Thursday, 8 March 2012

Source is sauce

Smooth and lovely,
Lifting you to a place where all that is you –
Feels like you,
Is you,
And dreams that were imagined become true.
Follow the gentle stream,
Through the thick and thin,
Swim through the difficult times,
And find the source,
Your life sauce!

Sometimes, at the best of times, we connect with our source. Essentially, source, is the higher self, the best part personified. The brightest ideas and dreams all blossom when in source. Confidence and creativity bubble to the surface and life and everything it is more beautiful.

Have you ever tried to run whilst holding a cup of hot tea? No... I hope not, though imagine the challenge of not spilling any. A child knows no such fear or caution and up until the age of reason, seven for most, finds source as quickly as a bee finds honey. It is our birthright and is really quite simple.

Julia Child said, "Sauces are the splendour and the glory of French cooking." I agree and would like to add, "Source is sauce for life."

I have a little story to tell, though would like to mention before I begin, I'm not in the habit of accepting sweets from strangers!

Once upon a walk along the Finchley Road, I crossed paths with a Tibetan Monk. He stopped me, and we began a pleasant conversation. His eyes held a glint of peace and his irises flickered with life, they invited a sense of trust. He asked me to join him for lunch at a vegetarian cafe and though I was tempted, I said, “No thanks.” He didn’t seem to mind a jot, and from his canvas Nap sack handed me a sweet. In a moment of cream and silken spice, minutes later, I sat alone on some steps in a nearby park and tasted the stuff of dreams. The baker, the taster, the farmer, the shopkeeper, the many hands that the ingredients had fluttered by became irrelevant. I felt at one with nature.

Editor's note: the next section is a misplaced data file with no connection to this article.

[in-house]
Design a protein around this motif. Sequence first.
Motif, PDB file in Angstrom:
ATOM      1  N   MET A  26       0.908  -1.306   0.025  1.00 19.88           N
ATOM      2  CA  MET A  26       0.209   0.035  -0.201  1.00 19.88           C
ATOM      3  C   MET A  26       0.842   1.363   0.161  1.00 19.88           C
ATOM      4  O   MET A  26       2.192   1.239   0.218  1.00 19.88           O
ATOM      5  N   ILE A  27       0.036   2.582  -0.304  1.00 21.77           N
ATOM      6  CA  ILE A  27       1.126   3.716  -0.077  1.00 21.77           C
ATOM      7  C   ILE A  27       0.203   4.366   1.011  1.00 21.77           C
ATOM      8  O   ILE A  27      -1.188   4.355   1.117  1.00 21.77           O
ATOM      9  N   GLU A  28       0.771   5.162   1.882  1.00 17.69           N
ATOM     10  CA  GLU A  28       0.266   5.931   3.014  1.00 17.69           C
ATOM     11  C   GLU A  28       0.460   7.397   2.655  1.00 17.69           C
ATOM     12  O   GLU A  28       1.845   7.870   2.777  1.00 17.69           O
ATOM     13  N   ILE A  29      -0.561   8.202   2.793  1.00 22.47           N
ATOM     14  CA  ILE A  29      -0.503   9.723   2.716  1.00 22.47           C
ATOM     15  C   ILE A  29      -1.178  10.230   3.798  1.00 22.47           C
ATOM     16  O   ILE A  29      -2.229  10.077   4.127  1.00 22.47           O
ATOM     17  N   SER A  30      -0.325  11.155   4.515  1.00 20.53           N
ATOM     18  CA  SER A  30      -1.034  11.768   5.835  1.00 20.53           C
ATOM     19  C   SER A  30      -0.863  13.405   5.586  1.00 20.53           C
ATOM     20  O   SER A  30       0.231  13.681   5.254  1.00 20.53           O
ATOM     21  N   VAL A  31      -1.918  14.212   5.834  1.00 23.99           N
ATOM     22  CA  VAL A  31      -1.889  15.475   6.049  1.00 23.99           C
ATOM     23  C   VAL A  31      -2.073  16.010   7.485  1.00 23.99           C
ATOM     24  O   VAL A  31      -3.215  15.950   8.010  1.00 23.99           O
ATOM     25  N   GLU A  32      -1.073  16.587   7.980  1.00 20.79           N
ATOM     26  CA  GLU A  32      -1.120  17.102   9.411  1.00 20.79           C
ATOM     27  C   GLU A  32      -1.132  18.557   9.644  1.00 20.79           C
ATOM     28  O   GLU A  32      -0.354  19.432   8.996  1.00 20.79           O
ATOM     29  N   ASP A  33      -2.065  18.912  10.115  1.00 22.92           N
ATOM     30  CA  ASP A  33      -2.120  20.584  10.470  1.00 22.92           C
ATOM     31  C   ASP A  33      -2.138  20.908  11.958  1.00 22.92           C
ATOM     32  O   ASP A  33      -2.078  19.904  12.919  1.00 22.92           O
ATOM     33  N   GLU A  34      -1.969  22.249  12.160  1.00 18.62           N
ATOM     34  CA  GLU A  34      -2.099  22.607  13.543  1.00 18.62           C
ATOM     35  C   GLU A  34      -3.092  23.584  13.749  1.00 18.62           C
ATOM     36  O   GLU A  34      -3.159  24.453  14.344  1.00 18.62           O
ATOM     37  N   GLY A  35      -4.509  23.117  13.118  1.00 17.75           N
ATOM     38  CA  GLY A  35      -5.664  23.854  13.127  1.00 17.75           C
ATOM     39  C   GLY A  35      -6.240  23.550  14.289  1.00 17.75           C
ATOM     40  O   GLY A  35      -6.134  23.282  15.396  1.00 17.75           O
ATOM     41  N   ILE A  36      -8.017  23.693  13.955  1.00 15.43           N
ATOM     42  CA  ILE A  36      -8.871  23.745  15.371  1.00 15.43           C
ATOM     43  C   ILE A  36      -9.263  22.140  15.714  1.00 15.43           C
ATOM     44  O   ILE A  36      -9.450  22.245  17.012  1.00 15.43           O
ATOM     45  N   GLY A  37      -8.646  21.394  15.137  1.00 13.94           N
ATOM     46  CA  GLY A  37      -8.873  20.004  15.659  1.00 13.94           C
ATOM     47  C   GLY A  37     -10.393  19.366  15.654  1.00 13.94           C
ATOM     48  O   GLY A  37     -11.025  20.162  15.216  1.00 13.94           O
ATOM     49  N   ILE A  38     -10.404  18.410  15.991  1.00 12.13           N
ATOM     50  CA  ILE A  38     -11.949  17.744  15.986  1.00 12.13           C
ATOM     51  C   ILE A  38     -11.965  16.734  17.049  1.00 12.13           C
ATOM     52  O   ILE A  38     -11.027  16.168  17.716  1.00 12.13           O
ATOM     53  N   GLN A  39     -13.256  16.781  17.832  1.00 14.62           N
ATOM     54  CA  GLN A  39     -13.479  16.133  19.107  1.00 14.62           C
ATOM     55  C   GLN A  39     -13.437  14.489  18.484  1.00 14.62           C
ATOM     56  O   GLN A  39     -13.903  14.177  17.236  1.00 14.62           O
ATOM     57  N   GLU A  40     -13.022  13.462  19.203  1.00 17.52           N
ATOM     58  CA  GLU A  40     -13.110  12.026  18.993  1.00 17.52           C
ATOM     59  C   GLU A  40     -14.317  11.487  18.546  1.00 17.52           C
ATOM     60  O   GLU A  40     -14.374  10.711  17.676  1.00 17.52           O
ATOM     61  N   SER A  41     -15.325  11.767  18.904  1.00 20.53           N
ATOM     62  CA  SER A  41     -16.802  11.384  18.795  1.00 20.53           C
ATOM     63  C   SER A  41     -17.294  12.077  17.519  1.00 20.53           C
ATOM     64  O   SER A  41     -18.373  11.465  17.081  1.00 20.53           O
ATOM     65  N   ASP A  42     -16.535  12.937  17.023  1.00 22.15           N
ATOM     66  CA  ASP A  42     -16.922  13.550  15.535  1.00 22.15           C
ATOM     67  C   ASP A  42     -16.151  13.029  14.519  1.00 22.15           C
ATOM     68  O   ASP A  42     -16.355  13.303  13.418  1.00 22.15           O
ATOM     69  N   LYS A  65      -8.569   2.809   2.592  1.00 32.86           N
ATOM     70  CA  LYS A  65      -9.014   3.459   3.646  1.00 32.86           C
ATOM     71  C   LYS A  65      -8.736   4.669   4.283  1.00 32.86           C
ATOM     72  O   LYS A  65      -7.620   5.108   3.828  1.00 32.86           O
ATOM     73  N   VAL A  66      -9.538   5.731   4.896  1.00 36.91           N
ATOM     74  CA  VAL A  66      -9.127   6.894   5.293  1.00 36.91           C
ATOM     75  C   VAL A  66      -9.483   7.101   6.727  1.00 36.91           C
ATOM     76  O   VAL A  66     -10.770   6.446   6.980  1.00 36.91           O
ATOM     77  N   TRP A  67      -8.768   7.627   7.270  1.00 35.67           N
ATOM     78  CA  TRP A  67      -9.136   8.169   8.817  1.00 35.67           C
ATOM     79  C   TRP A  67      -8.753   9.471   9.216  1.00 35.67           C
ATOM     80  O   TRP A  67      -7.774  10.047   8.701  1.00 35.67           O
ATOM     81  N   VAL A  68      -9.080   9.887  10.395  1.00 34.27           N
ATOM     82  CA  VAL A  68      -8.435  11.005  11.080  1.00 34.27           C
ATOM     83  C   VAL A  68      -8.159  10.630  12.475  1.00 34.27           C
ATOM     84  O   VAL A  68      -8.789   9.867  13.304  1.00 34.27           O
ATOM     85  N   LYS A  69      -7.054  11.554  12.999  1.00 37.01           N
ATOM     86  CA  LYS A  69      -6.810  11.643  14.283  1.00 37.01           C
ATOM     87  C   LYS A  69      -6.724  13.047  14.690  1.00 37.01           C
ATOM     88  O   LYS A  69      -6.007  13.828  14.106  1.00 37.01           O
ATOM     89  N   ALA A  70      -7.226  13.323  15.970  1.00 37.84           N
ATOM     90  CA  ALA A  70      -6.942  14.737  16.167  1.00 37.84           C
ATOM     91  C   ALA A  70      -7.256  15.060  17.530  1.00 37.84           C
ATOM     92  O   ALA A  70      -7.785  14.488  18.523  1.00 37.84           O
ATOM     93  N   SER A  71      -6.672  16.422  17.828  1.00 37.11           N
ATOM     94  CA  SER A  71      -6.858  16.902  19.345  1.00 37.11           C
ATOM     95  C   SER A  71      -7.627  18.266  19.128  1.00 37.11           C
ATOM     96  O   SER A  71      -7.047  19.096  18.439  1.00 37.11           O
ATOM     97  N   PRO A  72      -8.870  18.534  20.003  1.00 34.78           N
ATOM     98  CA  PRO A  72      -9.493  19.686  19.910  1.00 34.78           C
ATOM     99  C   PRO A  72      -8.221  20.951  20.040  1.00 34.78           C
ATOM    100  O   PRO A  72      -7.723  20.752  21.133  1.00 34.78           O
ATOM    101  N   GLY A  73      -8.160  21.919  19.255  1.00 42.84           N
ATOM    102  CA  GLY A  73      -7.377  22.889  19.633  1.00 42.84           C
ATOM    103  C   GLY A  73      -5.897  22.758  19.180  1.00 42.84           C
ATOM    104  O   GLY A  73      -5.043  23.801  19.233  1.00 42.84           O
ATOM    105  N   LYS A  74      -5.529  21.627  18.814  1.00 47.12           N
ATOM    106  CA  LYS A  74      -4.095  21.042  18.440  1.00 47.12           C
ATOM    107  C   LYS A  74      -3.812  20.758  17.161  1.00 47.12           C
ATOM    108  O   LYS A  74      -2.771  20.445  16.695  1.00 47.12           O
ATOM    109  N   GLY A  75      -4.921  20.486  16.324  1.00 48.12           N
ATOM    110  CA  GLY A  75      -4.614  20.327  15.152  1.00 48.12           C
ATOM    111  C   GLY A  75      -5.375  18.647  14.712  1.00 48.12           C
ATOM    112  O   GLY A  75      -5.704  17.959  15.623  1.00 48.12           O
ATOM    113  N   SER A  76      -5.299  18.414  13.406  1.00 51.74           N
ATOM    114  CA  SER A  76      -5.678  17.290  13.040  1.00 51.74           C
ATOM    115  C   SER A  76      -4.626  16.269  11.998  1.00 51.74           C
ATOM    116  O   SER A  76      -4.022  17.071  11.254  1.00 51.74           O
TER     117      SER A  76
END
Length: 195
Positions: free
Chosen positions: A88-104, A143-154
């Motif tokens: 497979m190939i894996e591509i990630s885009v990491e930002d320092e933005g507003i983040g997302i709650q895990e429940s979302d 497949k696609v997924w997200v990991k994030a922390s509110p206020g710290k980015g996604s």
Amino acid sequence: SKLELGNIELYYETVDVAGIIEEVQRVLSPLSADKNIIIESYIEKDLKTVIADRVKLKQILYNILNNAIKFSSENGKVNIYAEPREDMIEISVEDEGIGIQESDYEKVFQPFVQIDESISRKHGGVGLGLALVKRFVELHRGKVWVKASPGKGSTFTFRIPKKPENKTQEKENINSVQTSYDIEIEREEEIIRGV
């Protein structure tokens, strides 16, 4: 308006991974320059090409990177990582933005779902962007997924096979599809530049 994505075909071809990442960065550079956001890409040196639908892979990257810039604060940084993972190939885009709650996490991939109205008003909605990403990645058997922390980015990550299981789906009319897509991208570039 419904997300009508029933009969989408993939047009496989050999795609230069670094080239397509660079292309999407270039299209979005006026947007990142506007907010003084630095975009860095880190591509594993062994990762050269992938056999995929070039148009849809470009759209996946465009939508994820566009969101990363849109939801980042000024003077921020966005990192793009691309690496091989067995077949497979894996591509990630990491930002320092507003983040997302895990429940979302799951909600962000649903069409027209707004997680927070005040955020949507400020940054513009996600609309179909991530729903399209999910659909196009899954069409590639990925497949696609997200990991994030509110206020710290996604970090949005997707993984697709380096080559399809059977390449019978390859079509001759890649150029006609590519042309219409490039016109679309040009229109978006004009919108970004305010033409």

I'd tasted Rasmalai

This is my interpretation of the recipe, it took me a while to discover it. I've not come across the Tibetan Monk since and would like to thank him for sharing such deliciousness! I’ve added a Goji berry, Ginger and Hazelnut twist to my version, though if you prefer a soft and smooth texture, leave them out.